New York City has the largest system of public schools in the United States with 1.1 million students, 75,000 teachers, 1,700 schools, and an annual budget of $24 billion. The City is faced with severe overcrowding in classrooms, and has launched an aggressive plan to build 56 new schools over the next five years. However, given the scarcity of affordable land, many of these schools are being sited on property contaminated with toxins, in buildings formerly used for industrial purposes, and on sites close to sources of pollution. Toxins commonly found at contaminated sites–including benzene, toluene, and lead–have been linked to increased cancer risk, decreased cognitive functioning, and respiratory ailments. “While Community Boards and the City Council have formal oversight roles in the siting process, they often lack the expertise and resources to ensure a healthy school siting,” said Ms. Philip. This problem is particularly acute in low-income communities, where formerly industrial properties are prevalent.

Despite the serious health risks, many school sites do not go through a robust environmental review process, which would include a thorough consideration of clean-up measures as well as regular opportunities for public review and comment. Although State law requires the School Construction Authority (SCA) to submit plans for a new school to the local Community Board and City Council, attend a Community Board hearing on the proposed site, and receive public comments, a leasing loophole enables them to bypass most–if not all–of these requirements. Consequently, schoolchildren are unnecessarily exposed to toxins because the SCA uses this loophole to avoid providing remedial measures for schools sited on contaminated property.

The discovery of polychlorinated biphenyl (PCB) in public school buildings has opened up a plethora issues, ranging from public health to public safety and community engagement. At least 950 schools–more than 50% of all public schools–are believed to contain PCB-contaminated window caulk and ceiling light fixtures. Although the City has proposed a 10-year plan to test and remediate PCBs found in schools, NYLPI filed a lawsuit against the Department of Education (DOE) and the SCA to expedite the removal of the light fixtures. The majority of the lights that are leaking throughout the school buildings are not visibly noticeable, but are just as harmful. “The DOE has adopted a visual inspection program that is totally inadequate because most of the leaks cannot be detected from just looking at the exterior of the light fixture,” said Ms. Giorgio. She also strongly recommended that parents conduct a school walk-through to look for visibly leaking PCB lights in order to fast track light removal at their child’s school. In schools where visible signs of leaking are found, the DOE has said it will remove all the PCB lights within one year.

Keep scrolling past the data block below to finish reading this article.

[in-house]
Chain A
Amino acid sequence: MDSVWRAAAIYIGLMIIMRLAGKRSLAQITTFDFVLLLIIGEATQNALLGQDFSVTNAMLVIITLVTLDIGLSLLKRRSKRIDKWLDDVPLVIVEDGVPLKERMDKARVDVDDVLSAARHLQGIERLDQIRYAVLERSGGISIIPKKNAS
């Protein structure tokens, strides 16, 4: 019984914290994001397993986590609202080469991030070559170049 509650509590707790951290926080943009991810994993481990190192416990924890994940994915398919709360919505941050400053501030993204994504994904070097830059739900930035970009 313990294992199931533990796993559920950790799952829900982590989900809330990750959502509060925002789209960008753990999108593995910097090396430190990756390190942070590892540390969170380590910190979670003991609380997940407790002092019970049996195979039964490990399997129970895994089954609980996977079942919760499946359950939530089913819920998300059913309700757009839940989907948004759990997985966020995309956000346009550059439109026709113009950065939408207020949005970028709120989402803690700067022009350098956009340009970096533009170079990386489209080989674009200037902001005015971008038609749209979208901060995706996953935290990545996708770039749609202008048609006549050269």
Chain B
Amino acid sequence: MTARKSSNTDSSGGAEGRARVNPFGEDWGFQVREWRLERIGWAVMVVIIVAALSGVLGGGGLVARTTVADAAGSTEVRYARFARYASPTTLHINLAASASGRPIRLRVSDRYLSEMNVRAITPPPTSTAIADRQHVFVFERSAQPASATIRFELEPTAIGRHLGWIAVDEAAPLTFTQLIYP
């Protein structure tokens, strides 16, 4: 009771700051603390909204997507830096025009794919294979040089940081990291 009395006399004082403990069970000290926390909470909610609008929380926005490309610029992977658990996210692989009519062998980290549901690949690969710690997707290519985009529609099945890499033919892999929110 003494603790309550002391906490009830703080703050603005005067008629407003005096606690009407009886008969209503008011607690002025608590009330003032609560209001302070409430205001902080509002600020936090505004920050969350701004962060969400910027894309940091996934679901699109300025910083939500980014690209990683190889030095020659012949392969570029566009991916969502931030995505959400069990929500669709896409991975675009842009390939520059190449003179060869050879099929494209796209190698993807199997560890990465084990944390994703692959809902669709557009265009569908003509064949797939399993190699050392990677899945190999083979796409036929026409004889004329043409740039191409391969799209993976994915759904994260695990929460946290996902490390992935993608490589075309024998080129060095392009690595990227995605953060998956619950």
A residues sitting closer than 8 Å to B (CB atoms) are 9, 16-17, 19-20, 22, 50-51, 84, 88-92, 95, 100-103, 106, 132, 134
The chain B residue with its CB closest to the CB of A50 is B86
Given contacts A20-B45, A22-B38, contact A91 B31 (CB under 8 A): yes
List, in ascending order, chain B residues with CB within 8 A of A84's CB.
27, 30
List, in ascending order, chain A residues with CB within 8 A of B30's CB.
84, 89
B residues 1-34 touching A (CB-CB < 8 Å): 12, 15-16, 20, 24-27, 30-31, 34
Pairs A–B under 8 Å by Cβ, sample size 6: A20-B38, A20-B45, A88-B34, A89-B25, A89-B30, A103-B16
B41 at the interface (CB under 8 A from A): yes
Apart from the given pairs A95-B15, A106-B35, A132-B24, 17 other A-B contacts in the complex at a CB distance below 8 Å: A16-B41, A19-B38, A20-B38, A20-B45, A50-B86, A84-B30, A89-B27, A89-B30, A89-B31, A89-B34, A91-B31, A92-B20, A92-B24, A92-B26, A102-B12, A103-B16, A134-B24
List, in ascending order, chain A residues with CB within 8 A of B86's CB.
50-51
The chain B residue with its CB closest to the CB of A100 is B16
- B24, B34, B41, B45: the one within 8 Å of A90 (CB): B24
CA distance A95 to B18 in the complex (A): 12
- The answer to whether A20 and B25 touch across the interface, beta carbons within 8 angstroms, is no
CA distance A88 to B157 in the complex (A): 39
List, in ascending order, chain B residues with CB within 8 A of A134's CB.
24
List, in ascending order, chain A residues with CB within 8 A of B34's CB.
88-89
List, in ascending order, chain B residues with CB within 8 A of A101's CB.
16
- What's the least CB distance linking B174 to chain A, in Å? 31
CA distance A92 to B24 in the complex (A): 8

Learn more about NYHealth’s support for NYPLI.

View Ms. Philip’s slides on school siting in New York City.

View Ms. Giorgio’s slides on PCBs in New York City schools.

View a toolkit designed to identify visibly leaking PCB lights at a school walk-through.


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